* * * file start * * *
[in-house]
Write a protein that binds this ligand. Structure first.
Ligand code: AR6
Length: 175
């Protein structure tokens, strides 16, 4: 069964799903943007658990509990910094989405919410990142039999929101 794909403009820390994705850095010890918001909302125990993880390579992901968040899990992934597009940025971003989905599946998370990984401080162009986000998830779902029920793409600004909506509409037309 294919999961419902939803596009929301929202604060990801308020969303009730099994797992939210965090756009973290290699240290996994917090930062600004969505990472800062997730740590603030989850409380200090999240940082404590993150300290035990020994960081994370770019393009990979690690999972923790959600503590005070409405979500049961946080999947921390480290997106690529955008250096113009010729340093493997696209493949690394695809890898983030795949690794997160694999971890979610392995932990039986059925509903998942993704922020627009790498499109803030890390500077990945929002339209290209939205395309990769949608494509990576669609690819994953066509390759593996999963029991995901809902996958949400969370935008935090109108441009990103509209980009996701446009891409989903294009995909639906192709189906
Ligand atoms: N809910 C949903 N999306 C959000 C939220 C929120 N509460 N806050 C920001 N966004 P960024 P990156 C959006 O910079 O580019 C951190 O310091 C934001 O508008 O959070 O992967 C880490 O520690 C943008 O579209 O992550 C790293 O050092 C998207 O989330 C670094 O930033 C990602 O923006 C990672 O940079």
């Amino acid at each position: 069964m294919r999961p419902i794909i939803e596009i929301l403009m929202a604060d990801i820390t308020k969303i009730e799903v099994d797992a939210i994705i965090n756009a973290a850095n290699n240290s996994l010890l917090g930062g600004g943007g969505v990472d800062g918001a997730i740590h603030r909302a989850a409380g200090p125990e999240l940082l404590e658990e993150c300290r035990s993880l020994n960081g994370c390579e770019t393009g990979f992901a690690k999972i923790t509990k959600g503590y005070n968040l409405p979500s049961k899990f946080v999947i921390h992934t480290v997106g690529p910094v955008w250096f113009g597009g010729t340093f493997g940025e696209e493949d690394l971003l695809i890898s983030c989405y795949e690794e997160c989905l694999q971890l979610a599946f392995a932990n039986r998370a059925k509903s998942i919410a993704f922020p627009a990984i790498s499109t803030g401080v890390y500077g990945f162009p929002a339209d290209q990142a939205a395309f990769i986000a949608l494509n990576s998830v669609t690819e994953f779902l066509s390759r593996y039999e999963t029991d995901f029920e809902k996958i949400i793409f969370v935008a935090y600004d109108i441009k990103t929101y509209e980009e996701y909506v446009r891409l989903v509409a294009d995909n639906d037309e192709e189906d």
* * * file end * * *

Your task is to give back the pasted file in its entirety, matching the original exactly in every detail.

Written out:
[in-house]
Write a protein that binds this ligand. Structure first.
Ligand code: AR6
Length: 175
């Protein structure tokens, strides 16, 4: 069964799903943007658990509990910094989405919410990142039999929101 794909403009820390994705850095010890918001909302125990993880390579992901968040899990992934597009940025971003989905599946998370990984401080162009986000998830779902029920793409600004909506509409037309 294919999961419902939803596009929301929202604060990801308020969303009730099994797992939210965090756009973290290699240290996994917090930062600004969505990472800062997730740590603030989850409380200090999240940082404590993150300290035990020994960081994370770019393009990979690690999972923790959600503590005070409405979500049961946080999947921390480290997106690529955008250096113009010729340093493997696209493949690394695809890898983030795949690794997160694999971890979610392995932990039986059925509903998942993704922020627009790498499109803030890390500077990945929002339209290209939205395309990769949608494509990576669609690819994953066509390759593996999963029991995901809902996958949400969370935008935090109108441009990103509209980009996701446009891409989903294009995909639906192709189906
Ligand atoms: N809910 C949903 N999306 C959000 C939220 C929120 N509460 N806050 C920001 N966004 P960024 P990156 C959006 O910079 O580019 C951190 O310091 C934001 O508008 O959070 O992967 C880490 O520690 C943008 O579209 O992550 C790293 O050092 C998207 O989330 C670094 O930033 C990602 O923006 C990672 O940079």
């Amino acid at each position: 069964m294919r999961p419902i794909i939803e596009i929301l403009m929202a604060d990801i820390t308020k969303i009730e799903v099994d797992a939210i994705i965090n756009a973290a850095n290699n240290s996994l010890l917090g930062g600004g943007g969505v990472d800062g918001a997730i740590h603030r909302a989850a409380g200090p125990e999240l940082l404590e658990e993150c300290r035990s993880l020994n960081g994370c390579e770019t393009g990979f992901a690690k999972i923790t509990k959600g503590y005070n968040l409405p979500s049961k899990f946080v999947i921390h992934t480290v997106g690529p910094v955008w250096f113009g597009g010729t340093f493997g940025e696209e493949d690394l971003l695809i890898s983030c989405y795949e690794e997160c989905l694999q971890l979610a599946f392995a932990n039986r998370a059925k509903s998942i919410a993704f922020p627009a990984i790498s499109t803030g401080v890390y500077g990945f162009p929002a339209d290209q990142a939205a395309f990769i986000a949608l494509n990576s998830v669609t690819e994953f779902l066509s390759r593996y039999e999963t029991d995901f029920e809902k996958i949400i793409f969370v935008a935090y600004d109108i441009k990103t929101y509209e980009e996701y909506v446009r891409l989903v509409a294009d995909n639906d037309e192709e189906d």